Until recently, computer installations delivering massive parallelism could only be deployed in large-scale computer centers with hundreds to thousands of separate computer systems. With the recent introduction of many-core processors such as the GPU and the multi-core CPU, most new computer systems come equipped with multiple processors that require new software techniques to exploit parallelism. Without new software techniques, computer scientists are concerned that rapid increases in the speed of computing could stall.

From fundamental hardware to new user-friendly programming languages that will allow developers to exploit parallelism automatically, the PPL will allow programmers to implement their algorithms in accessible, "domain-specific" languages while at deeper, more fundamental levels of software, the system would do all the work for them in optimizing the code for parallel processing.

"NVIDIA has been tackling parallel computing challenges since its founding and, as a result, the GPU has evolved into an incredibly powerful processor, capable of running thousands upon thousands of concurrent operations," said David Kirk, chief scientist at NVIDIA. "We applaud, and are proud to be a part of, Stanford University’s formation of the PPL and its mission to push the software industry to expose the inherent parallelism in today’s computers." 

Read that full story here
Back to Top



Softcore Stuff (software & data bits)…

Archaeologist Uses Satellite Imagery To Explore Ancient Mexico 
from GIS Development
  ScienceDaily (May 14, 2008) – Satellite imagery obtained from NASA will help archeologist Bill Middleton peer into the ancient Mexican past. In a novel archeological application, multi- and hyperspectral data will help build the most accurate and most detailed landscape map that exists of the southern state of Oaxaca, where the Zapotec people formed the first state-level and urban society in Mexico.

"If you ask someone off the street about Mexican archeology, they’ll say Aztec, Maya. Sometimes they’ll also say Inca, which is the wrong continent, but you’ll almost never hear anyone talk about the Zapotecs," says Middleton, acting chair of the Department of Material Culture Sciences and professor in the Department of Sociology and Anthropology at Rochester Institute of Technology. "They had the first writing system, the first state society, the first cities. And they controlled a fairly large territory at their Zenith – 250 B.C. to 750 A.D."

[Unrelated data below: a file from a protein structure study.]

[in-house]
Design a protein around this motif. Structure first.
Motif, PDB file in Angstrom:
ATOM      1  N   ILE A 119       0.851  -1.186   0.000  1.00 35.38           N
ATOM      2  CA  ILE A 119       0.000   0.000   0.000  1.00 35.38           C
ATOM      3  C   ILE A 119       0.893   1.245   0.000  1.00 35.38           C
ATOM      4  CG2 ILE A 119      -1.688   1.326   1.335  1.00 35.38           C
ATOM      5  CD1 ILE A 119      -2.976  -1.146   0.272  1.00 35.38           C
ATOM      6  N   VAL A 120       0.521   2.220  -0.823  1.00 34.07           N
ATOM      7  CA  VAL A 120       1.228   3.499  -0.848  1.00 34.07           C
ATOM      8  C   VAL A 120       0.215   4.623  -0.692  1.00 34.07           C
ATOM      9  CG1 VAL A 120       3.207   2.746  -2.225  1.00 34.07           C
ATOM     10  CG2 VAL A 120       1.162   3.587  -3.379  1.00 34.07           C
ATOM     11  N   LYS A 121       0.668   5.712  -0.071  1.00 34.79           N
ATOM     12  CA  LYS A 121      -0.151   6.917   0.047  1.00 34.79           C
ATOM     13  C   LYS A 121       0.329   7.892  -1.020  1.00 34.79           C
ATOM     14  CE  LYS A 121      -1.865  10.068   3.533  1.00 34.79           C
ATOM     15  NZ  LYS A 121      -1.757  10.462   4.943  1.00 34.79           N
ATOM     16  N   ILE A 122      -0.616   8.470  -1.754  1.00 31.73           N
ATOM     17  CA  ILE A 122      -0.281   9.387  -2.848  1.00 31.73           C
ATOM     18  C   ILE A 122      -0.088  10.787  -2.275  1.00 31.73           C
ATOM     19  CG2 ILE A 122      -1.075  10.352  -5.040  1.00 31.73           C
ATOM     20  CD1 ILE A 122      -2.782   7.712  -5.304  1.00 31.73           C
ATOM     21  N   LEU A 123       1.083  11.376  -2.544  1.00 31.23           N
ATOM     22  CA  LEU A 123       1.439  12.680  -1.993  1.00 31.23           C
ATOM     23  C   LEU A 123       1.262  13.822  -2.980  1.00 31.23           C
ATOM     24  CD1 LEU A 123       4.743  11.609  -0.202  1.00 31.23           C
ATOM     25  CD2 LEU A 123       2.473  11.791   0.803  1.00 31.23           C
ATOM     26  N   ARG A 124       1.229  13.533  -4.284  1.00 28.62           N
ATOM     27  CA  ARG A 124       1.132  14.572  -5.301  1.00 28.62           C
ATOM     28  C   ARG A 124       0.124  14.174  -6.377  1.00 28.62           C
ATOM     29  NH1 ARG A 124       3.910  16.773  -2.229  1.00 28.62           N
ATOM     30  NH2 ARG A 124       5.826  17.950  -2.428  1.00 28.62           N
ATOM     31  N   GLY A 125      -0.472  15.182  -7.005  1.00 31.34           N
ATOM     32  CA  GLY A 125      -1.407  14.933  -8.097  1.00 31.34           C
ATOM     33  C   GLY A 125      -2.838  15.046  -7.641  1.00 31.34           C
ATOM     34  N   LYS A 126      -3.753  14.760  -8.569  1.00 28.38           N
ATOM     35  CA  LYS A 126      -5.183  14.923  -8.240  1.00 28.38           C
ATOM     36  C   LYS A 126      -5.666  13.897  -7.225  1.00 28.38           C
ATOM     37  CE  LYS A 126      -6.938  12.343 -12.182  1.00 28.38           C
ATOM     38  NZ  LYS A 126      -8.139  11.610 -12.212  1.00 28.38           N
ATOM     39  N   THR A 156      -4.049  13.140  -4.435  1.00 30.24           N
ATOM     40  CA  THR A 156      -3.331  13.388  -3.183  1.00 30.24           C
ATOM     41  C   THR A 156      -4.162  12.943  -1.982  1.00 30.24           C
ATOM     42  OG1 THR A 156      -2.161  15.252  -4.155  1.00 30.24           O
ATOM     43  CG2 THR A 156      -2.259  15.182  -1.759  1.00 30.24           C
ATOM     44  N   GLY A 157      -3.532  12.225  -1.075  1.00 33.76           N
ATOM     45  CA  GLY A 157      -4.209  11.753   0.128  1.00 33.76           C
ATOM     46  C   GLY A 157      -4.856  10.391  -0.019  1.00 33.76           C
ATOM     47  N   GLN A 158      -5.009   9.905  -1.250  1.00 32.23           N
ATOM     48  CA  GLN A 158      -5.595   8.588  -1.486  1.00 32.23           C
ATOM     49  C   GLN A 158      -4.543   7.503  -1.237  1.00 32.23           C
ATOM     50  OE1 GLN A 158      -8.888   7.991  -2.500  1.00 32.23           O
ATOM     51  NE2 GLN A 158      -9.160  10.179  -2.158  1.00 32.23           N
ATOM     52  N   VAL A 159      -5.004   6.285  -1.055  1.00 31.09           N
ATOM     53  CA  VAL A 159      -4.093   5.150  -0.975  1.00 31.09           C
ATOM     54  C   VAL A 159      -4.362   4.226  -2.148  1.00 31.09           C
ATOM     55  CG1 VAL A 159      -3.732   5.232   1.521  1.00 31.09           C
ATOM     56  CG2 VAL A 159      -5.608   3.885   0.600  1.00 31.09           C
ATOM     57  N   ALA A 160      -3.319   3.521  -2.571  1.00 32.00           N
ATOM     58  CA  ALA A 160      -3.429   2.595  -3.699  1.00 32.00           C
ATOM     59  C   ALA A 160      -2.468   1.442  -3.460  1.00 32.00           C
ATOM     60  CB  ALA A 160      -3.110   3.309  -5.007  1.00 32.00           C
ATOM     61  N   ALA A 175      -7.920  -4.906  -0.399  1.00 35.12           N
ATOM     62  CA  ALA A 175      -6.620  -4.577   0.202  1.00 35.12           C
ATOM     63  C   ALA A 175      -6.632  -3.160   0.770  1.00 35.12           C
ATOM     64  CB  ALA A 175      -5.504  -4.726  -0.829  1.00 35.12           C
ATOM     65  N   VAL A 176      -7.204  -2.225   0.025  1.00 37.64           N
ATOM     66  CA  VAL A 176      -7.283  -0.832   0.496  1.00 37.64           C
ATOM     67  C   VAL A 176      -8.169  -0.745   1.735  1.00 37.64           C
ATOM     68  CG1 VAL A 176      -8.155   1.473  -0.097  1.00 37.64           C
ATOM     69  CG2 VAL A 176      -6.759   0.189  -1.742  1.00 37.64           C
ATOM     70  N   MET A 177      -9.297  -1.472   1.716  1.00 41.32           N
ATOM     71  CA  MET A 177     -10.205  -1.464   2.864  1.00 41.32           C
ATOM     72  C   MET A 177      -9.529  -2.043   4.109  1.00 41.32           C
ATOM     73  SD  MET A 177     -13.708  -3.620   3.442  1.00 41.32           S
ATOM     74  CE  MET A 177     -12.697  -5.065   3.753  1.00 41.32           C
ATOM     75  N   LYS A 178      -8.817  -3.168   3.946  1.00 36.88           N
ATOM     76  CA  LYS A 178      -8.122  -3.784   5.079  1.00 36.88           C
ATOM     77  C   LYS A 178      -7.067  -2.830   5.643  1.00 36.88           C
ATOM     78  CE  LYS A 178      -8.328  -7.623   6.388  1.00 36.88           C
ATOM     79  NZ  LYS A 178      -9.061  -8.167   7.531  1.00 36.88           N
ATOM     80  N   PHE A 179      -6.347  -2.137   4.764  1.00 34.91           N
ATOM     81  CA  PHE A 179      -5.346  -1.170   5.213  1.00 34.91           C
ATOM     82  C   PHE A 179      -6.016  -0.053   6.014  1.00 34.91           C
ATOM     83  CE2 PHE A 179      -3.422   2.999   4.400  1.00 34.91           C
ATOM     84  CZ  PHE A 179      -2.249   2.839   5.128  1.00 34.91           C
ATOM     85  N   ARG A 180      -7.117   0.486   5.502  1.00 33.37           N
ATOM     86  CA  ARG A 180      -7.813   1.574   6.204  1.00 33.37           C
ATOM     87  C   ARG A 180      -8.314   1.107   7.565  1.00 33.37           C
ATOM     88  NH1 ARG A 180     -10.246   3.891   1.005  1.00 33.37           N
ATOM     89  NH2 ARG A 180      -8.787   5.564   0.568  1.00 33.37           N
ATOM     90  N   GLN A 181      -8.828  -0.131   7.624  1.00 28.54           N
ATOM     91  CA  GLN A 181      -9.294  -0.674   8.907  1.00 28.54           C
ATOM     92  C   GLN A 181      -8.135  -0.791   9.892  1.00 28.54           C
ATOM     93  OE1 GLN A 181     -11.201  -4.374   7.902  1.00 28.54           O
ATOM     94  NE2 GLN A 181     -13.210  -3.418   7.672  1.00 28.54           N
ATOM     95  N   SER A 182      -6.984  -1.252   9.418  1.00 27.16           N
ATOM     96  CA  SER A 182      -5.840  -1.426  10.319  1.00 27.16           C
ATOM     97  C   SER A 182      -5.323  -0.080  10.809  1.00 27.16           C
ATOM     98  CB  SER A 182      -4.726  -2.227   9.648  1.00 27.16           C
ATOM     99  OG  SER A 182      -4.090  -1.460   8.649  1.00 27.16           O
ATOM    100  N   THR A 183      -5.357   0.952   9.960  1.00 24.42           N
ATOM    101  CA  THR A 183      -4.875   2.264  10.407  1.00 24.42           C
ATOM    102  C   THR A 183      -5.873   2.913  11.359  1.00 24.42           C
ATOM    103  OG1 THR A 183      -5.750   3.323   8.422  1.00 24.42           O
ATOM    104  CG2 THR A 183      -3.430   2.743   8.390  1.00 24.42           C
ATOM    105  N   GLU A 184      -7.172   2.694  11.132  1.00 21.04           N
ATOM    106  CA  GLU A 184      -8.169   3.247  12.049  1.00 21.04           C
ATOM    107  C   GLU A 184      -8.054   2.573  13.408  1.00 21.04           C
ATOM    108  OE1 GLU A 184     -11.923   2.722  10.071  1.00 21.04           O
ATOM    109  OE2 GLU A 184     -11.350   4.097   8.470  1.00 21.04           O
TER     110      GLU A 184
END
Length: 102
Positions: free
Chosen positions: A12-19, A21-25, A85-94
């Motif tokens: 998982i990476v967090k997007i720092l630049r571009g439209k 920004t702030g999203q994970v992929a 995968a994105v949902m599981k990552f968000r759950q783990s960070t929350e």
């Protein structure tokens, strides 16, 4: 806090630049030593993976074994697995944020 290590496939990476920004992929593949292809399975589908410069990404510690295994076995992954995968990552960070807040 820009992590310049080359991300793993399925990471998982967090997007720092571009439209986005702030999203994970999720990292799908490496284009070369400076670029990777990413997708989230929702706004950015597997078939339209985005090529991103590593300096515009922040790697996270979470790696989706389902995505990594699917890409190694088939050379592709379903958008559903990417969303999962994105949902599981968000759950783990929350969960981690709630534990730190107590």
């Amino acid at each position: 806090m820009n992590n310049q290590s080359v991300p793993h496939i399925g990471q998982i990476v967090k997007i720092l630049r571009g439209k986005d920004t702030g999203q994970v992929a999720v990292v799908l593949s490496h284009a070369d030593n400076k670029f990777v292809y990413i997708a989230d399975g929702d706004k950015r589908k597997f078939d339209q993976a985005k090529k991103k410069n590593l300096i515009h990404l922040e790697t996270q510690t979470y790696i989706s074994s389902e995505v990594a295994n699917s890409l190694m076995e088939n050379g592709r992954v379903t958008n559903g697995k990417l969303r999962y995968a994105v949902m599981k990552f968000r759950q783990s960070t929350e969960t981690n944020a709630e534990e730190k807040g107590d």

The process of state formation varied across the Zapotec realm. Sometimes it involved conquest, and other times it was more economically driven. Archeologists like Middleton are interested in different aspects of society that emerged in the process, such as social stratification and the development and intensification of agriculture and economic specialization.

Middleton’s study will explore how the Oaxacan economy and environment changed as the Zapotec state grew and then collapsed into smaller city-states. Funding from NASA and National Geographic will also help Middleton build a picture of how climate and vegetation patterns have changed over time.

"For the past 4,000 years, human activities have been a factor in environmental change," Middleton says. "And there are some parts of Mesoamerica that we have pretty good evidence that the environment we see today is the catastrophic result of ancient agricultural practices." Middleton will focus on two sites in the Chichicapam Valley located in between two of the major arms of the central valleys of Zapotec. The National Geographic-funded portion of the study began last summer when he documented important archeological sites and selected candidates for excavation.

Imagery from Earth Observing 1 and Landsat satellites obtained over three years will help Middleton identify the natural resources found at archeological sites. He will work with colleagues John Kerekes and David Messinger along with graduate student Justin Kwon in RIT’s Chester F. Carlson Center for Imaging Science to analyze the large amounts of data taken at different wavelengths of the electromagnetic spectrum. Their own research uses similar techniques to analyze urban landscapes, and inspired Middleton to apply the technology to archeological landscapes.

Read that full story here
Back to Top



A Recent Outing…

Abbot Point 
from VizMAP
VizMAP was recently engaged by the Queensland Department of Infrastructure and Planning to provide a visualisation of the proposed Abbot Point Coal Port Precinct